Gender, Muses, and the Virtuosa in Frederick Ashton’s ‘Rhapsody’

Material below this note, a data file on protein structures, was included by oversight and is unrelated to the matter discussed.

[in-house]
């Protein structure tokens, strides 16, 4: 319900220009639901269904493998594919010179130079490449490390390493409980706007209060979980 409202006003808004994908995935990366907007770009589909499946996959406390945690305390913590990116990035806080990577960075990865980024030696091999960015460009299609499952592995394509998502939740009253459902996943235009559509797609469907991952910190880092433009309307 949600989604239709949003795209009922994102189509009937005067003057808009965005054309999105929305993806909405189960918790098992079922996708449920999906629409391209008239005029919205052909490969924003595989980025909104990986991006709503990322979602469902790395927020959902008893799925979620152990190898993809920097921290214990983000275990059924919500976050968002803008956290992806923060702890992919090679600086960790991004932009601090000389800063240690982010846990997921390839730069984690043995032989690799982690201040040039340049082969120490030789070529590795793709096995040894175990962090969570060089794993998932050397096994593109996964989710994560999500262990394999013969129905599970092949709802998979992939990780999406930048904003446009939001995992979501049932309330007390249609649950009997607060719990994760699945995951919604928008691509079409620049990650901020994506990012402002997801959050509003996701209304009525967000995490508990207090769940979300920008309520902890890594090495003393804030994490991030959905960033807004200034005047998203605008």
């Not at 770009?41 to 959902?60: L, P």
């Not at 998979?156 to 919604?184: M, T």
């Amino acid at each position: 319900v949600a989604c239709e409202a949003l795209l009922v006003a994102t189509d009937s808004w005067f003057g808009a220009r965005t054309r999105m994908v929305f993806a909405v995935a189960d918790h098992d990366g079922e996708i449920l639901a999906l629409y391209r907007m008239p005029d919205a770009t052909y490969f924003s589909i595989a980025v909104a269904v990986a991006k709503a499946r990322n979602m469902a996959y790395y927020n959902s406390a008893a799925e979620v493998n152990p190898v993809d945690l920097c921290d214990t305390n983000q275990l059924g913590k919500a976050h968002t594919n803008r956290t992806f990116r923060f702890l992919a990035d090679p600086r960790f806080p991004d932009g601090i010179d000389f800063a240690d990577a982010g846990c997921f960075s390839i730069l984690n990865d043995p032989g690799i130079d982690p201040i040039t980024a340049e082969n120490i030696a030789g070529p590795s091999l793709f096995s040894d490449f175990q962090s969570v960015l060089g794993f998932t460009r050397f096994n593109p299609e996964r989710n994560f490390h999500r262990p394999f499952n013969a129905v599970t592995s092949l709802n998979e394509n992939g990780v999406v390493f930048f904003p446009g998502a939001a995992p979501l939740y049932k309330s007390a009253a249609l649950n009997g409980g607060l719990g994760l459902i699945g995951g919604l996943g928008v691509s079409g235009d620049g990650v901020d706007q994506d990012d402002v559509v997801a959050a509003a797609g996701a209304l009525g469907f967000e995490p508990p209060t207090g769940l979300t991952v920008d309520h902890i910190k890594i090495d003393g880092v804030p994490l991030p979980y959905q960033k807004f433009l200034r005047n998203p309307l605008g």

In this paper I examine Frederick Ashton’s Rhapsody (1980), a ballet choreographed in celebration of Queen Elizabeth the Queen Mother’s 80th birthday and the guest appearances with the Royal Ballet by Mikhail Baryshnikov, one of the most iconic male dancers of the Cold War era. Ashton chose the ballerina Lesley Collier—an exemplary interpreter of the choreographer’s style—to partner with Baryshnikov which brought into focus a juxtaposition of Russian and English ballet training. Set to the music of Sergei Rachmaninoff’s Rhapsody on a Theme of Paganini, Op.43, Ashton’s Rhapsody is a plotless ballet that gestures toward the Paganini myth (a Faustian bargain with the devil exchanging the soul for prodigious talent), but instead takes for its central subject the notion of balletic virtuosity. As a result, Rhapsody is a glittering whirlwind of fast footwork and athleticism; most interpretations of Rhapsody tend to associate the Baryshnikov role with Paganini and bestow the label of virtuoso to him, while the Collier role is likened to a muse. However, choreographic analysis and critical attention to the writing about the ballet reveal a slightly different narrative, one which raises questions about the gendered assumptions of the terms virtuoso and muse. Accordingly, I argue that Rhapsody disrupts conventions of gender by embodying notions of the male muse and female virtuosa. In addition, I consider the bejeweled appearance of the male dancers’ costumes and theorize the “opulent male body” as subversive to the heroicized male body of classicism.